» Texas Midterm Election Results: Abbott, Cruz Win Re-Election; Allred Beats Sessions: Running updates of election results, tweets from the candidates' campaigns and pictures from the November midterms. | Take a look
» DNA Vaccine From UT-Southwestern Could Be A Game-Changer In Fight Against Alzheimer's: A new vaccine that reduces the two proteins linked to Alzheimer's disease should give the public hope, says the founding director of the Alzheimer’s Disease Center at UT Southwestern Medical Center. | Go to the story
» The Way Chronic Pain Begins Could Be Different For Men And Women, Study Says: You may think of pain as just pain. How you experience that pain, though, might depend on whether you're a man or a woman. | Go to the story
Living in North Texas: heritage, poverty, faith
» This Dallas Man Commutes Six Hours Round Trip To Get To His Better-Paying Job: Life hasn't changed much since we visited Jubilee Park three years ago. It's a neighborhood on the financial edge, in the shadow of Interstate 30 in Old East Dallas. Chris Crowley was born and raised there. He's got a better job now, but he's spending 24 hours a week commuting. | Go to the story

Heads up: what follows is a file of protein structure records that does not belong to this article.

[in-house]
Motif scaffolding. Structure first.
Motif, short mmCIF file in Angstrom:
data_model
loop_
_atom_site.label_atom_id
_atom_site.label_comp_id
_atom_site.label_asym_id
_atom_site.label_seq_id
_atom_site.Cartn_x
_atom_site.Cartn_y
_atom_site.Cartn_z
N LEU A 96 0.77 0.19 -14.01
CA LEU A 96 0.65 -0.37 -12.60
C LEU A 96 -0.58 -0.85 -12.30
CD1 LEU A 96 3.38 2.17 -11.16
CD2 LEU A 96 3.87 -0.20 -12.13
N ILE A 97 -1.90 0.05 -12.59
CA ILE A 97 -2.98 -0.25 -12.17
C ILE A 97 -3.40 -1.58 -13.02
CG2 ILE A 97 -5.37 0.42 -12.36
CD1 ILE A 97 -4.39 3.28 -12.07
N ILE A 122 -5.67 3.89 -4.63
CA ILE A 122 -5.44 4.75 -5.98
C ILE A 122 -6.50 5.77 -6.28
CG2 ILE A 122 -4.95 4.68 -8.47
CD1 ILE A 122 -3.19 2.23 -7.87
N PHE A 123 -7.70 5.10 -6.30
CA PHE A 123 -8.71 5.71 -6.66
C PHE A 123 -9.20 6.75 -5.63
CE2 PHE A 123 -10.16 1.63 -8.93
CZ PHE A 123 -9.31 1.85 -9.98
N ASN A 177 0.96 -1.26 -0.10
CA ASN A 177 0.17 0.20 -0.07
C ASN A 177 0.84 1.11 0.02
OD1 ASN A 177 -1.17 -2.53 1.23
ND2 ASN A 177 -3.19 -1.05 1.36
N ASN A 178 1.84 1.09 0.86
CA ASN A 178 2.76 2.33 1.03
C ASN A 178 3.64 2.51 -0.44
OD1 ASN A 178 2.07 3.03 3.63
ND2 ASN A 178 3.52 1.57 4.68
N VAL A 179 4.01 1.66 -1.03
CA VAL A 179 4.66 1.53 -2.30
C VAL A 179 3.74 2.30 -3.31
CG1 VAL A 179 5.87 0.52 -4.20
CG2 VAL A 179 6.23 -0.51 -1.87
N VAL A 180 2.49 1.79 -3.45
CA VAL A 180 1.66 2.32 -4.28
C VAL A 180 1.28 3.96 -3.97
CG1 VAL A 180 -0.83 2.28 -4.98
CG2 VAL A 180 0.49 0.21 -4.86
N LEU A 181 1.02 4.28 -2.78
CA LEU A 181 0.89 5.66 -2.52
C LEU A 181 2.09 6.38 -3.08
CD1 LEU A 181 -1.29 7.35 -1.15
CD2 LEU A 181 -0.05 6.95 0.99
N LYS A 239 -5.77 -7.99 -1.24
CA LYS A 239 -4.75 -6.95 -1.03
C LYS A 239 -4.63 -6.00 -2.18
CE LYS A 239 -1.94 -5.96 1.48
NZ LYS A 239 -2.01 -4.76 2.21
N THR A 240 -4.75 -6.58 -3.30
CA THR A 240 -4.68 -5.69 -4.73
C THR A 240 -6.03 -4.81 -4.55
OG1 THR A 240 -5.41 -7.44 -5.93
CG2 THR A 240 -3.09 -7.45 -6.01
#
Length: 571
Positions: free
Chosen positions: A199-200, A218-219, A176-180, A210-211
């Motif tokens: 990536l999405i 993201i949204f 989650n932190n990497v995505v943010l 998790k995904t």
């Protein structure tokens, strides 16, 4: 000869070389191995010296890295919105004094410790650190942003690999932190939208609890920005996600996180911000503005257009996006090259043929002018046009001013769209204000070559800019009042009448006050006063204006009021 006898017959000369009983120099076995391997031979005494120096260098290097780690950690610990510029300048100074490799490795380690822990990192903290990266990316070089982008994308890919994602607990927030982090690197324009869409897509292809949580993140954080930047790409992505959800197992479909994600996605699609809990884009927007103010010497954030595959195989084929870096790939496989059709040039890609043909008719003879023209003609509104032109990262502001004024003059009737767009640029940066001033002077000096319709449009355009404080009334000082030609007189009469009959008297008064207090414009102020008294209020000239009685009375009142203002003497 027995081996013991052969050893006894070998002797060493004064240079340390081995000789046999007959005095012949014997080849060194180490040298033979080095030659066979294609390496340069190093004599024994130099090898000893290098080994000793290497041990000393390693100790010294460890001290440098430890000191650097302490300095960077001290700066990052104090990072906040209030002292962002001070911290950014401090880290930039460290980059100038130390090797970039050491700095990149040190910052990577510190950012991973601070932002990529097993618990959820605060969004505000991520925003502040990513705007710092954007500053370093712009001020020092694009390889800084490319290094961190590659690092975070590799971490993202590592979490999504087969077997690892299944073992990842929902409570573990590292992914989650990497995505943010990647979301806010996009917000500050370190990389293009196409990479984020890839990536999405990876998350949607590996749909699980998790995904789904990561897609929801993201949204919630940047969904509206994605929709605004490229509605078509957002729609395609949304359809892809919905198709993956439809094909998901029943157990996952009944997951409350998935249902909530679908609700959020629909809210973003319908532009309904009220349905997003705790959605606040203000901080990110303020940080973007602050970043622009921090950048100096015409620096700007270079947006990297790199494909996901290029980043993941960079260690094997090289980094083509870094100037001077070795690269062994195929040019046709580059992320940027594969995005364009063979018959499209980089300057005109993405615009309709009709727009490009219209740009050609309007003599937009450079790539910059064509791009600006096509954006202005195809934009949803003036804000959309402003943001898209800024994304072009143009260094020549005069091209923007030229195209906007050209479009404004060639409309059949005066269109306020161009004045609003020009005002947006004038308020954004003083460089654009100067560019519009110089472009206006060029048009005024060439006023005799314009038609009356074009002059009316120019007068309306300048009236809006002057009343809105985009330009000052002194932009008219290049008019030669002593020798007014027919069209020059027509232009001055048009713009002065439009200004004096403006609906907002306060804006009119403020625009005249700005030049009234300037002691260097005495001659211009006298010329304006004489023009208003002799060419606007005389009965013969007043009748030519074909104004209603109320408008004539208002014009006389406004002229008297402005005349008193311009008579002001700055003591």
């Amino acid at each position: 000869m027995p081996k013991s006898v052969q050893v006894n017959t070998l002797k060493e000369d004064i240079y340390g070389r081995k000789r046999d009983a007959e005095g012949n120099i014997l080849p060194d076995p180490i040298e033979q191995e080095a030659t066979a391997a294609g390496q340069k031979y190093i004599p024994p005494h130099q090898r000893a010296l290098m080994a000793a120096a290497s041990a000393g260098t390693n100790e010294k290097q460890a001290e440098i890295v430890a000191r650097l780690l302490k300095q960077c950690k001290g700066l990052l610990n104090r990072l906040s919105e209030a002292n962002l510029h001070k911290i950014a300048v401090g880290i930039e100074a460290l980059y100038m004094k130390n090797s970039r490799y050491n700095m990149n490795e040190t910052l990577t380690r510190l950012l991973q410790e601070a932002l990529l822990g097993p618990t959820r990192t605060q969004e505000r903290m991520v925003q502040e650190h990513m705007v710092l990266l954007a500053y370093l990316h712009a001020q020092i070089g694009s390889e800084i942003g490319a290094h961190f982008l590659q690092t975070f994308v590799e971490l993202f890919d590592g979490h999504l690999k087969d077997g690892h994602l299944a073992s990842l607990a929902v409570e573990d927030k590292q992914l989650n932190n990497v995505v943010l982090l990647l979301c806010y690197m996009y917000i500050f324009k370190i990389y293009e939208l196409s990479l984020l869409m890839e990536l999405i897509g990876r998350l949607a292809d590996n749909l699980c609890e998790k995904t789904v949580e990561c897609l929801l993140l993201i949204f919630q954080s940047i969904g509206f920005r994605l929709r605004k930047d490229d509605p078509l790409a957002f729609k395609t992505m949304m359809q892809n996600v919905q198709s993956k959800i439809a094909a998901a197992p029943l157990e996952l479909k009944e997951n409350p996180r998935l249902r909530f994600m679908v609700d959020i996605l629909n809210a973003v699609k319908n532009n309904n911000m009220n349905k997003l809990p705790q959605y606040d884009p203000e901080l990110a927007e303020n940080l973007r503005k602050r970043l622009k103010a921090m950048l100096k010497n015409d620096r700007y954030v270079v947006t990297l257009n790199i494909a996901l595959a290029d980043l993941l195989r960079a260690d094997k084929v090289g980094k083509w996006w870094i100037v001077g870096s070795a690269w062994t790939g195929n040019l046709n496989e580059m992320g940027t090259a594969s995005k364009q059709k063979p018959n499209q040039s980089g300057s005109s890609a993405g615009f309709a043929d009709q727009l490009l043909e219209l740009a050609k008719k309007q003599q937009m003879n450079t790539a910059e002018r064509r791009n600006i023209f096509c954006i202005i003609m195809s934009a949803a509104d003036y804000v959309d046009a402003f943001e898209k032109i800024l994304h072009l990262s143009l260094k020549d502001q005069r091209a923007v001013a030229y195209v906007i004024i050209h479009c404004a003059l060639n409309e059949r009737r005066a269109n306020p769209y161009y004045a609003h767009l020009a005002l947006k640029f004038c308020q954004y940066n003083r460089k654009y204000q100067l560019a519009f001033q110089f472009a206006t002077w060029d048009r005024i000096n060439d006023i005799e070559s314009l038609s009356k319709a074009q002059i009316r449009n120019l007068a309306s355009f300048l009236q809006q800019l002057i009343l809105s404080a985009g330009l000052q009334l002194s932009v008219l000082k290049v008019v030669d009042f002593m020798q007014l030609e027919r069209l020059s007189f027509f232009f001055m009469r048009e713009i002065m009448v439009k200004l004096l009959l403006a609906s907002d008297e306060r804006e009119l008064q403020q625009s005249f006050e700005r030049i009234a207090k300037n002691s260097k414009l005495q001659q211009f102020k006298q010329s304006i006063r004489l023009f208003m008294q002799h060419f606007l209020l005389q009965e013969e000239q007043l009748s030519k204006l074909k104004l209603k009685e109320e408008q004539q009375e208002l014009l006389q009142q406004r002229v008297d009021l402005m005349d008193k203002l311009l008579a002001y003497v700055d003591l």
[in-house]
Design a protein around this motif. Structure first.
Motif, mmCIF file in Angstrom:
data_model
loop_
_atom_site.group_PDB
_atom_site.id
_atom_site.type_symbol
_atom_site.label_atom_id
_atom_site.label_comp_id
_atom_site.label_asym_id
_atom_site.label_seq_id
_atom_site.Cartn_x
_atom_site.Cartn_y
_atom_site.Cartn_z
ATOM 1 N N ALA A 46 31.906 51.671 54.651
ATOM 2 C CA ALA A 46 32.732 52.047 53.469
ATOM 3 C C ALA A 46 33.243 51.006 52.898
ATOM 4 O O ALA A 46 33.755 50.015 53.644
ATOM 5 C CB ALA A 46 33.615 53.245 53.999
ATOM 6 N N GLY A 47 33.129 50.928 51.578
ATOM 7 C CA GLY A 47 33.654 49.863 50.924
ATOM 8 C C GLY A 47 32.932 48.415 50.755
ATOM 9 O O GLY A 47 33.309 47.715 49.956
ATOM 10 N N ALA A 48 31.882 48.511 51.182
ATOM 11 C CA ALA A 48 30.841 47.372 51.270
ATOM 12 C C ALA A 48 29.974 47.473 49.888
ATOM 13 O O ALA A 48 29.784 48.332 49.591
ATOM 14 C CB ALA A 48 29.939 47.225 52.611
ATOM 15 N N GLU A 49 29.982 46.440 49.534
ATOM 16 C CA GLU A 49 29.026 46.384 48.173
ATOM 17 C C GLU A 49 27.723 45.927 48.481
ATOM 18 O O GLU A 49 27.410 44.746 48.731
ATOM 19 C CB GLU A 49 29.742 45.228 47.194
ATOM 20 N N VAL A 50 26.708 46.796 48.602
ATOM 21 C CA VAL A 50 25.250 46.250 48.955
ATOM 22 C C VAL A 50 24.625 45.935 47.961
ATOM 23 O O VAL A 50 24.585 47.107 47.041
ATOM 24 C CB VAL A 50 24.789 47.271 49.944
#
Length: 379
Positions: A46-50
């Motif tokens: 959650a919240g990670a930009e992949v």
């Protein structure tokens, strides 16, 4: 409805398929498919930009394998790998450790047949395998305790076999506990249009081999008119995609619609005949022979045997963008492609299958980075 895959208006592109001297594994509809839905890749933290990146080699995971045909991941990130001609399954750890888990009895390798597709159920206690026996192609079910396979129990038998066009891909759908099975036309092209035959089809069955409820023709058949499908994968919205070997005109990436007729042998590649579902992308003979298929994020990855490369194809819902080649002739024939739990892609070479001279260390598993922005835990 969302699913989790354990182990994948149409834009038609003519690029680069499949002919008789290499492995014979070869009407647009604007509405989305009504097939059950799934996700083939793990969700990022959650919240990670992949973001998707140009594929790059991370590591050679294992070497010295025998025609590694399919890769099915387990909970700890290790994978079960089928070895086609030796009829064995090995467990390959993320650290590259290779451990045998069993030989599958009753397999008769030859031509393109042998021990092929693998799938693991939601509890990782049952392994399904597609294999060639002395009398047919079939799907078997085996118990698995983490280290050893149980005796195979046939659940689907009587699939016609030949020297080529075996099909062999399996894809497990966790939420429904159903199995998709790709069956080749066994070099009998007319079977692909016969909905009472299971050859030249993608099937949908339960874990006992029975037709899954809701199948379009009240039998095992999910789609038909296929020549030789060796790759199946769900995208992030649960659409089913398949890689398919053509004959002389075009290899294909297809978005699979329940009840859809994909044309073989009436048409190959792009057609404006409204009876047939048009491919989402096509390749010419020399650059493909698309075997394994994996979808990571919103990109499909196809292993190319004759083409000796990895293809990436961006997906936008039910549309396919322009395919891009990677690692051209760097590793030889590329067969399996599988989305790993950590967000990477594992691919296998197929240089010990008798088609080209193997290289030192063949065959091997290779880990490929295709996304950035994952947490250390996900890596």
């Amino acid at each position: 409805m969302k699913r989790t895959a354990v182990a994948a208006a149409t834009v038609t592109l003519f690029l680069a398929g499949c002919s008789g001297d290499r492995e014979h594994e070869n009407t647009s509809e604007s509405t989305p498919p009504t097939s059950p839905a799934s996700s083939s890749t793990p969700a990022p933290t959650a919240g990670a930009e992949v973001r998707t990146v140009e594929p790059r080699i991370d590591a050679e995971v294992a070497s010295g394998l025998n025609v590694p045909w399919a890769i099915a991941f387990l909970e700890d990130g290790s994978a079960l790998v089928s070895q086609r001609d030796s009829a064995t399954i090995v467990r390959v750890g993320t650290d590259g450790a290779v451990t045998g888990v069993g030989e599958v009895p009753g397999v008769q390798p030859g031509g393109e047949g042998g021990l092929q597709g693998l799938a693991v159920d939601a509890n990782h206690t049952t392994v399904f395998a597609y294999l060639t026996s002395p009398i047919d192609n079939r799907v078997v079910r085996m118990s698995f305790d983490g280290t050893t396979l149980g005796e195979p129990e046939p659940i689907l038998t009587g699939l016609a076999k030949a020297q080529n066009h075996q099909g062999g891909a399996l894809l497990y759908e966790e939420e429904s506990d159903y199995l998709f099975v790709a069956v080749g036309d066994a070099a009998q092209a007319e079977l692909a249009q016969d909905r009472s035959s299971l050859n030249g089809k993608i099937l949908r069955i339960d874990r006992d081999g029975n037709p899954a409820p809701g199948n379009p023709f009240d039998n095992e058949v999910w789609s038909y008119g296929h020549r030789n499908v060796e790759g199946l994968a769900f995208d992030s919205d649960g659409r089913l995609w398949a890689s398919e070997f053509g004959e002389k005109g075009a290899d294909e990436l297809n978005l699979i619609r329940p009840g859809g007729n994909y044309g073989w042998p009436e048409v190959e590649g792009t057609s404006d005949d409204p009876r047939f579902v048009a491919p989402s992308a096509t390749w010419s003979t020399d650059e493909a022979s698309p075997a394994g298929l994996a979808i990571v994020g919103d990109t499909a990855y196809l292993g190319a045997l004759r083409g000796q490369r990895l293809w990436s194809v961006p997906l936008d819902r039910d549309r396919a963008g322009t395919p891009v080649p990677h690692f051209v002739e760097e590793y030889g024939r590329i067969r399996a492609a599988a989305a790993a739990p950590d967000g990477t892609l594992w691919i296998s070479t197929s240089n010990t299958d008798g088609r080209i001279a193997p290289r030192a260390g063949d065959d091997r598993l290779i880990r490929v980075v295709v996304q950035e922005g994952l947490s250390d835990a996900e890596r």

» Muslims In Plano Had Been Building Bridges For Years, Then Came A Council Member's Facebook Post: A Plano City Council member generated headlines – and controversy – when he posted a video on his Facebook page, calling for a ban on Islam in schools. | Go to the story
» Film, Art Project Aim For Honest Reflection On 12-Year-Old's Murder In Dallas' Little Mexico: Forty-five years ago, a Dallas police officer shot and killed a 12-year-old Mexican-American boy, Santos Rodriguez, while he sat handcuffed inside a patrol car. Today, if you drive or walk by Pike Park — once the heart of Dallas' Little Mexico — you wouldn’t know it was also near the site of that tragedy. Dallas Parks board member Jesse Moreno wasn’t born yet when Santos was shot. But growing up, the 33-year-old heard the story many times. | Go to the story
» New Texas Rangers Ballpark Food Might Rival The State Fair: Take a dill pickle, remove its core, stuff an Angus beef hot dog inside, batter and fry it — and you have the Dilly Dog. | Go to the story